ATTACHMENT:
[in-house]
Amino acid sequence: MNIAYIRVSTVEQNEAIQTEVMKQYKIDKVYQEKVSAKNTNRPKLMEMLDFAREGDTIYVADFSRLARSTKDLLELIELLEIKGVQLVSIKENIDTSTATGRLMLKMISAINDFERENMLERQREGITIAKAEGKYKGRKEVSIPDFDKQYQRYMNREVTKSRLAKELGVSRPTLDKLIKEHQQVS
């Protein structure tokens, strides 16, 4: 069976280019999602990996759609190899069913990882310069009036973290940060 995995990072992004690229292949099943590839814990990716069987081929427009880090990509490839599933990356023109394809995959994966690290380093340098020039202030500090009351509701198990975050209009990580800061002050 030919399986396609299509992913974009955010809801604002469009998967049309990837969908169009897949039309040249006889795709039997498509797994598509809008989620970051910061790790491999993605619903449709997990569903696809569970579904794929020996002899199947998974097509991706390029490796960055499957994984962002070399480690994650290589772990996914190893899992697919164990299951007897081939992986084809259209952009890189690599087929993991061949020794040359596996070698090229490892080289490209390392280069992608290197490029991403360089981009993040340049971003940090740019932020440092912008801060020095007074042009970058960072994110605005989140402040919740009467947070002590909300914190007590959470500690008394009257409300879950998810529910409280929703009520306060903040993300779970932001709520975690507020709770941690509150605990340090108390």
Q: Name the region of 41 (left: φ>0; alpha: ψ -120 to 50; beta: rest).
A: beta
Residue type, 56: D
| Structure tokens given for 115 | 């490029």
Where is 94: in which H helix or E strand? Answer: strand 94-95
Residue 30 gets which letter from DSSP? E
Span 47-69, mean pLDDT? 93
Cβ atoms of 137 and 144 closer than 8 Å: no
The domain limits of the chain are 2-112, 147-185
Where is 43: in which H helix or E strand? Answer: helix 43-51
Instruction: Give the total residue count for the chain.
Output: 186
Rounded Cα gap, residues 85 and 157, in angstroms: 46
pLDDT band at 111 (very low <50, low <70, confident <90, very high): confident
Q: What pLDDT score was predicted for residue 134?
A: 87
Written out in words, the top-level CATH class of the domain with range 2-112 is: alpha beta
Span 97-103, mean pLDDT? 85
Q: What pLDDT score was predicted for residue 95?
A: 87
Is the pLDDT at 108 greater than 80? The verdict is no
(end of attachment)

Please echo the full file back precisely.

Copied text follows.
[in-house]
Amino acid sequence: MNIAYIRVSTVEQNEAIQTEVMKQYKIDKVYQEKVSAKNTNRPKLMEMLDFAREGDTIYVADFSRLARSTKDLLELIELLEIKGVQLVSIKENIDTSTATGRLMLKMISAINDFERENMLERQREGITIAKAEGKYKGRKEVSIPDFDKQYQRYMNREVTKSRLAKELGVSRPTLDKLIKEHQQVS
């Protein structure tokens, strides 16, 4: 069976280019999602990996759609190899069913990882310069009036973290940060 995995990072992004690229292949099943590839814990990716069987081929427009880090990509490839599933990356023109394809995959994966690290380093340098020039202030500090009351509701198990975050209009990580800061002050 030919399986396609299509992913974009955010809801604002469009998967049309990837969908169009897949039309040249006889795709039997498509797994598509809008989620970051910061790790491999993605619903449709997990569903696809569970579904794929020996002899199947998974097509991706390029490796960055499957994984962002070399480690994650290589772990996914190893899992697919164990299951007897081939992986084809259209952009890189690599087929993991061949020794040359596996070698090229490892080289490209390392280069992608290197490029991403360089981009993040340049971003940090740019932020440092912008801060020095007074042009970058960072994110605005989140402040919740009467947070002590909300914190007590959470500690008394009257409300879950998810529910409280929703009520306060903040993300779970932001709520975690507020709770941690509150605990340090108390």
Q: Name the region of 41 (left: φ>0; alpha: ψ -120 to 50; beta: rest).
A: beta
Residue type, 56: D
| Structure tokens given for 115 | 């490029």
Where is 94: in which H helix or E strand? Answer: strand 94-95
Residue 30 gets which letter from DSSP? E
Span 47-69, mean pLDDT? 93
Cβ atoms of 137 and 144 closer than 8 Å: no
The domain limits of the chain are 2-112, 147-185
Where is 43: in which H helix or E strand? Answer: helix 43-51
Instruction: Give the total residue count for the chain.
Output: 186
Rounded Cα gap, residues 85 and 157, in angstroms: 46
pLDDT band at 111 (very low <50, low <70, confident <90, very high): confident
Q: What pLDDT score was predicted for residue 134?
A: 87
Written out in words, the top-level CATH class of the domain with range 2-112 is: alpha beta
Span 97-103, mean pLDDT? 85
Q: What pLDDT score was predicted for residue 95?
A: 87
Is the pLDDT at 108 greater than 80? The verdict is no